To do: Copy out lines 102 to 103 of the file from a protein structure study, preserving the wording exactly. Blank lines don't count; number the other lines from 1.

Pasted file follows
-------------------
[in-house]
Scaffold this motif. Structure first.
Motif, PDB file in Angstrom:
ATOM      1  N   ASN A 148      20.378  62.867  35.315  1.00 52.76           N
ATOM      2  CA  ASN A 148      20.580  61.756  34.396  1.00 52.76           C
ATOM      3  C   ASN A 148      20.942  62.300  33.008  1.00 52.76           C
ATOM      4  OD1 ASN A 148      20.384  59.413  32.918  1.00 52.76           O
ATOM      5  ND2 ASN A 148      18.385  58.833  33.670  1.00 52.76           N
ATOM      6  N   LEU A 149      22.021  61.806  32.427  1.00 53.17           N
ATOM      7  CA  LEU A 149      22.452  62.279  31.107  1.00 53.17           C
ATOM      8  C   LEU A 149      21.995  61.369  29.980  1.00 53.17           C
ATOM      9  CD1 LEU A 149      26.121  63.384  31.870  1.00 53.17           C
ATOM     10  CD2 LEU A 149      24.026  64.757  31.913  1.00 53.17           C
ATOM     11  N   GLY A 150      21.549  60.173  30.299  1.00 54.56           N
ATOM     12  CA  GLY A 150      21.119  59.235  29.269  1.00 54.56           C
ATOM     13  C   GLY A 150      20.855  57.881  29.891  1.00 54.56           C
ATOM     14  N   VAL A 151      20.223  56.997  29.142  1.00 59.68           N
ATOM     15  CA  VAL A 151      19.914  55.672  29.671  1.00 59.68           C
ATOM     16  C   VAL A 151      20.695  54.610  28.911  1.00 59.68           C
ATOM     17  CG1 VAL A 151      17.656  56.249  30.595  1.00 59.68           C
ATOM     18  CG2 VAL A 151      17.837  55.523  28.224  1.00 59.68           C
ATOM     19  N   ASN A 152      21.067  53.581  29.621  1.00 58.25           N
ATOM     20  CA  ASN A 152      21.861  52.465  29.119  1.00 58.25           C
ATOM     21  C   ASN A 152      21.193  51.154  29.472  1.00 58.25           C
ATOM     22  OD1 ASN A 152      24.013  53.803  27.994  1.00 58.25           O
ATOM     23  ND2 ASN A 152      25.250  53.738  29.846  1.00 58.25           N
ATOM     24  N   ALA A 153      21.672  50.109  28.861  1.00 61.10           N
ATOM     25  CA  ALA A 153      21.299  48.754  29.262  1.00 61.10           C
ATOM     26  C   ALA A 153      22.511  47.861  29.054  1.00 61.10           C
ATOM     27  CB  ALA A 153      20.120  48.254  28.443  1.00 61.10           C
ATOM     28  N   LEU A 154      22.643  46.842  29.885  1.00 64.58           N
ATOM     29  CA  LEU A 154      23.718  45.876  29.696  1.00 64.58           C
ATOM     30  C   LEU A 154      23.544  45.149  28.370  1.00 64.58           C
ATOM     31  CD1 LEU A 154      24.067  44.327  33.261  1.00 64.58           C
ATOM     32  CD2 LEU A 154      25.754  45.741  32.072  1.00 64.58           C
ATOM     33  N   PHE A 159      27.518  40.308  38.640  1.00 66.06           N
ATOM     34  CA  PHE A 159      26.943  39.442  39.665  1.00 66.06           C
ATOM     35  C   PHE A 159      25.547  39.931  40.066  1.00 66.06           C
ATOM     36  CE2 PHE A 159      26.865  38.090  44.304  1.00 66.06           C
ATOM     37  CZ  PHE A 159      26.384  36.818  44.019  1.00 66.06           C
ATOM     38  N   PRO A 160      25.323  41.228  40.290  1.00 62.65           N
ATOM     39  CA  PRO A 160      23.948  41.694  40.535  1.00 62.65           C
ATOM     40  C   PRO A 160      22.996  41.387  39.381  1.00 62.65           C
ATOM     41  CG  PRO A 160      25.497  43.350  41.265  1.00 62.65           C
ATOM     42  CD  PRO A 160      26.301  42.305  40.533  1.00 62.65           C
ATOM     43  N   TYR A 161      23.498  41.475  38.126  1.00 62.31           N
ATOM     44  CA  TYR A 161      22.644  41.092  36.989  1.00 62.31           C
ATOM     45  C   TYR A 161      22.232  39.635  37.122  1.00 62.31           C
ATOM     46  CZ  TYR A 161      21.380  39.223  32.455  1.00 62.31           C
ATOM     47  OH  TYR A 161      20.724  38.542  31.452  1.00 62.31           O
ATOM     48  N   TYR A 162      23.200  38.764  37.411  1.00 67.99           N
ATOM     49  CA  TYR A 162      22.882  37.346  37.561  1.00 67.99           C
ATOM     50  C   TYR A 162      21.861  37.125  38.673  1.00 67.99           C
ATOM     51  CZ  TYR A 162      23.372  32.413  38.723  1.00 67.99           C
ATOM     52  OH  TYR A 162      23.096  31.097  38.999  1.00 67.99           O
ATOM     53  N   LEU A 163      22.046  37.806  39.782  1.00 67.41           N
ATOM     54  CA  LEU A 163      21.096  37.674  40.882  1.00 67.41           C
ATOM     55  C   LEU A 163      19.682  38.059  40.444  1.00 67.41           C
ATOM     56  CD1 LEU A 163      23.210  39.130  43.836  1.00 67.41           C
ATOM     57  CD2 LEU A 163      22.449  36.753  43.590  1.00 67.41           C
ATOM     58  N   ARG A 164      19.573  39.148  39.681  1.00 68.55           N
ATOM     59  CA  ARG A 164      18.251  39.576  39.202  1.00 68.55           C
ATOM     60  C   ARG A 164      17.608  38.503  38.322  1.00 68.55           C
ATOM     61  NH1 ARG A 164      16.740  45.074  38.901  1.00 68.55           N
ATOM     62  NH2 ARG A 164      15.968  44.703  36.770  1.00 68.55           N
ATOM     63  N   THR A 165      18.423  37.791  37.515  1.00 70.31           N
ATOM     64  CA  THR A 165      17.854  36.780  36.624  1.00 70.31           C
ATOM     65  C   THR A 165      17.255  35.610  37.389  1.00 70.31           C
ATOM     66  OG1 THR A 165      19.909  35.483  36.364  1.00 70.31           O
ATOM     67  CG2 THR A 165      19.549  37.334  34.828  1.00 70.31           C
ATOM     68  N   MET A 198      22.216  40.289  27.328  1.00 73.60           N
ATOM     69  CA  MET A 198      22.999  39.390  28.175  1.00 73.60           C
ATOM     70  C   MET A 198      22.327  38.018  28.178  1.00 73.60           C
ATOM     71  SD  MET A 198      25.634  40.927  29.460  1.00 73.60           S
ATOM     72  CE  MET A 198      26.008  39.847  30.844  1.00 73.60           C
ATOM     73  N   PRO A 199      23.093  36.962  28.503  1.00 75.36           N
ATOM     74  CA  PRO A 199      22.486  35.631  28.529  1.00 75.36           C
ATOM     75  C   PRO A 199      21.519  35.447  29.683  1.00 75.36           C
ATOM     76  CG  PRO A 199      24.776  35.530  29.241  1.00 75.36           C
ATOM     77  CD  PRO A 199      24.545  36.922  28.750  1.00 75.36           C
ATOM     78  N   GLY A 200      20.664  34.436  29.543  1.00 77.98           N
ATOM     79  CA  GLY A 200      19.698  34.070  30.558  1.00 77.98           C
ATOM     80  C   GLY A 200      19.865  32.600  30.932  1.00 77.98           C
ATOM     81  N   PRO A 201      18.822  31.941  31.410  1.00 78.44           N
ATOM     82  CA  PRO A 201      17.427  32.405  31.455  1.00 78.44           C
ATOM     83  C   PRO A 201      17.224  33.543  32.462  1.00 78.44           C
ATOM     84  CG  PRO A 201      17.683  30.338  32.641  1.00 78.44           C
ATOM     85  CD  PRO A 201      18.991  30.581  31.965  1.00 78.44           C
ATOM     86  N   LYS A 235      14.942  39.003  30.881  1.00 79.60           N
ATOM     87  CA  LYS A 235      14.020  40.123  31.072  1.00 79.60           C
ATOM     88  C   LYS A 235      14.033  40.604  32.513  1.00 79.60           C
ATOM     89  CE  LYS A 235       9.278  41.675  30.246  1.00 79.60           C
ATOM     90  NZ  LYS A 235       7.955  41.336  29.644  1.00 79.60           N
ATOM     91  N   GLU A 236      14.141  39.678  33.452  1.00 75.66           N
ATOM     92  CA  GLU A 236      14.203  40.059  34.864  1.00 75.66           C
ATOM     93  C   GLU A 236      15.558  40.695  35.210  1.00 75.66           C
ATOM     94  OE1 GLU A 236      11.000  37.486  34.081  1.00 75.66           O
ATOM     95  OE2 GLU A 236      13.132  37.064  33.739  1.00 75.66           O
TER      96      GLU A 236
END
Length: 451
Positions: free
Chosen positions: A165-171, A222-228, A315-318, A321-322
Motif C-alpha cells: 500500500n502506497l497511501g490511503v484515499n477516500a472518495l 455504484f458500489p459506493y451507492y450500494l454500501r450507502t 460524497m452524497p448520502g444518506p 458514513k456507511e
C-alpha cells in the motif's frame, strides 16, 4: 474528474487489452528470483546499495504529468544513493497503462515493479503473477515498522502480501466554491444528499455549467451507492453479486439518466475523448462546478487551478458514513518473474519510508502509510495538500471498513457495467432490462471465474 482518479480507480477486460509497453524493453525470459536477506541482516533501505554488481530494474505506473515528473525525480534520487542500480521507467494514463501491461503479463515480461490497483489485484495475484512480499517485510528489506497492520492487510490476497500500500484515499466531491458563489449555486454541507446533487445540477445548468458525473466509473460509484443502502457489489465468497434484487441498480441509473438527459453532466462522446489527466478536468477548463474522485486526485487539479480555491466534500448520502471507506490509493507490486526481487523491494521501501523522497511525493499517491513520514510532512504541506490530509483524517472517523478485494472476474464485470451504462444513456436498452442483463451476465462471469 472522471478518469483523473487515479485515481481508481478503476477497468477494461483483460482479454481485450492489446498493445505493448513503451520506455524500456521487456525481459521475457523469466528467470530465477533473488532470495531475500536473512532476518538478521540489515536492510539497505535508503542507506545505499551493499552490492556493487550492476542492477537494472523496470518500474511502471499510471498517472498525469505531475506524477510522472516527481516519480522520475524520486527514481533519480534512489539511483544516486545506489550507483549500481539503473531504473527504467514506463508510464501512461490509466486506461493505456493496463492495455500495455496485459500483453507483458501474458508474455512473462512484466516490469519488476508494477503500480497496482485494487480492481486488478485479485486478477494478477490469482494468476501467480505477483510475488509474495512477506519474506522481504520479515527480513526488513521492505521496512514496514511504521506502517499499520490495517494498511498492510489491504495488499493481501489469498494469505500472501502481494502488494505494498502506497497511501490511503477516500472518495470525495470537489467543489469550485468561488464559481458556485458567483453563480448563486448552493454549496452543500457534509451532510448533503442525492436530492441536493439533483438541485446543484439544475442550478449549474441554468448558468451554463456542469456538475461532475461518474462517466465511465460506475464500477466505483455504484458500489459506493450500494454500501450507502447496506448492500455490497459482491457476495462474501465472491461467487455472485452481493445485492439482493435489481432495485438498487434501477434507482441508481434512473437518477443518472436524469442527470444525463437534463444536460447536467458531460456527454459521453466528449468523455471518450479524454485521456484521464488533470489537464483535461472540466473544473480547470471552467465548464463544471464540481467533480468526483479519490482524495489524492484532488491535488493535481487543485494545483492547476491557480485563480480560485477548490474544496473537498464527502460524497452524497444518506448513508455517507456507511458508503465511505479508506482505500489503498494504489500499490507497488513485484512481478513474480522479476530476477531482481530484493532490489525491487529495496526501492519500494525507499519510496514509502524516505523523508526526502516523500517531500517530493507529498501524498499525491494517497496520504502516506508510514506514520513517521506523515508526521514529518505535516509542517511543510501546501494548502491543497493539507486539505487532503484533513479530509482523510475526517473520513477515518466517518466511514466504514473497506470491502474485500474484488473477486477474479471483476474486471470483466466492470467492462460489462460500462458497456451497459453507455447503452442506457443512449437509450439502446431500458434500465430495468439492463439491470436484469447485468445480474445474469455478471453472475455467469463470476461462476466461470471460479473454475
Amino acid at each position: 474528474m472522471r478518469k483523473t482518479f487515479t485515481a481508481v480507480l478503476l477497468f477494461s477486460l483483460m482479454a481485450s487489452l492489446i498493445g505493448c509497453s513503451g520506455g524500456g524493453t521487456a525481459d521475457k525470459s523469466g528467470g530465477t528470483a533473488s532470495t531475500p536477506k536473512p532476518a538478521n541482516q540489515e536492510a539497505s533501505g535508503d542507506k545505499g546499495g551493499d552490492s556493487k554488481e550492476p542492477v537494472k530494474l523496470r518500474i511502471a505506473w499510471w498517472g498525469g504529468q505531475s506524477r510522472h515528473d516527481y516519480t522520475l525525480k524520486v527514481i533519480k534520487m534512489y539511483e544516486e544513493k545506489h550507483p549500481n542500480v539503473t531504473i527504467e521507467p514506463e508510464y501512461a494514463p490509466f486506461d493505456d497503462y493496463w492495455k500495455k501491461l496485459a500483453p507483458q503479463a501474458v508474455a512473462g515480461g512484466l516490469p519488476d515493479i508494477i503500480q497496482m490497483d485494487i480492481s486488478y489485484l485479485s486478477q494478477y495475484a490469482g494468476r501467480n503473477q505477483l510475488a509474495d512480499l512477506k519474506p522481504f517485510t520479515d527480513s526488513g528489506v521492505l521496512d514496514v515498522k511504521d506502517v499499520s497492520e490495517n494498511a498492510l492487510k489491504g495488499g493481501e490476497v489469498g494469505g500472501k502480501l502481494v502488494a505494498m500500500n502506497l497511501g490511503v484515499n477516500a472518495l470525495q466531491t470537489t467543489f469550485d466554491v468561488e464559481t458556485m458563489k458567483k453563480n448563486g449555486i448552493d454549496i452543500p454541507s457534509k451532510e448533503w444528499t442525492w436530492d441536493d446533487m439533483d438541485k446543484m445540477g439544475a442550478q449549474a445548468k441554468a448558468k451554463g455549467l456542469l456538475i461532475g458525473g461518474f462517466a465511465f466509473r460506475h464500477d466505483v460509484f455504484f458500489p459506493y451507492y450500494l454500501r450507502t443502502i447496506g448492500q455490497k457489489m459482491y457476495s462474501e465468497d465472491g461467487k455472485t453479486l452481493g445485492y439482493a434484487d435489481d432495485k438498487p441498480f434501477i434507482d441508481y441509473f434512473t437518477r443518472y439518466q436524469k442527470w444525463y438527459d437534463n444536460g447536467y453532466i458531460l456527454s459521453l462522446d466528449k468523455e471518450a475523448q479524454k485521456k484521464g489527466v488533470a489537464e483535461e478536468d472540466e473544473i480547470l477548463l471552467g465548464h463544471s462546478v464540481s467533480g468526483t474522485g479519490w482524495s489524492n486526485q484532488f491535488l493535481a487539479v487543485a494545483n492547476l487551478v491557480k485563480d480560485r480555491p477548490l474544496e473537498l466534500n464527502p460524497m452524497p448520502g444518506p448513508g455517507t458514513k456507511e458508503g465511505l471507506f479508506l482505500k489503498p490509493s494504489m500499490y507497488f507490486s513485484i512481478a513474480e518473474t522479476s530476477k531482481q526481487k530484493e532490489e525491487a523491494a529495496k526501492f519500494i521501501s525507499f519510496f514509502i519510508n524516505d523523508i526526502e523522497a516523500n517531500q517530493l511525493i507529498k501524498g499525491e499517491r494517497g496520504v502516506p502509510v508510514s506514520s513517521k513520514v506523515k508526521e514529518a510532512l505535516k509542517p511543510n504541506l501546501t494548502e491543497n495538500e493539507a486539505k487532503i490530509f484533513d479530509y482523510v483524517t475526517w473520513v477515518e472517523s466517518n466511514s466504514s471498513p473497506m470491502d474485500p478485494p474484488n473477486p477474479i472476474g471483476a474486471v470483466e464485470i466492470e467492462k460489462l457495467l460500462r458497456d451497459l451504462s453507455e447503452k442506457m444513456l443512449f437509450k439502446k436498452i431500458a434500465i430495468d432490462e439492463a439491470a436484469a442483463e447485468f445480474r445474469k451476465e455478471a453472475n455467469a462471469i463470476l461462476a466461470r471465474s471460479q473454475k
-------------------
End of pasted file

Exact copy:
Positions: free
Chosen positions: A165-171, A222-228, A315-318, A321-322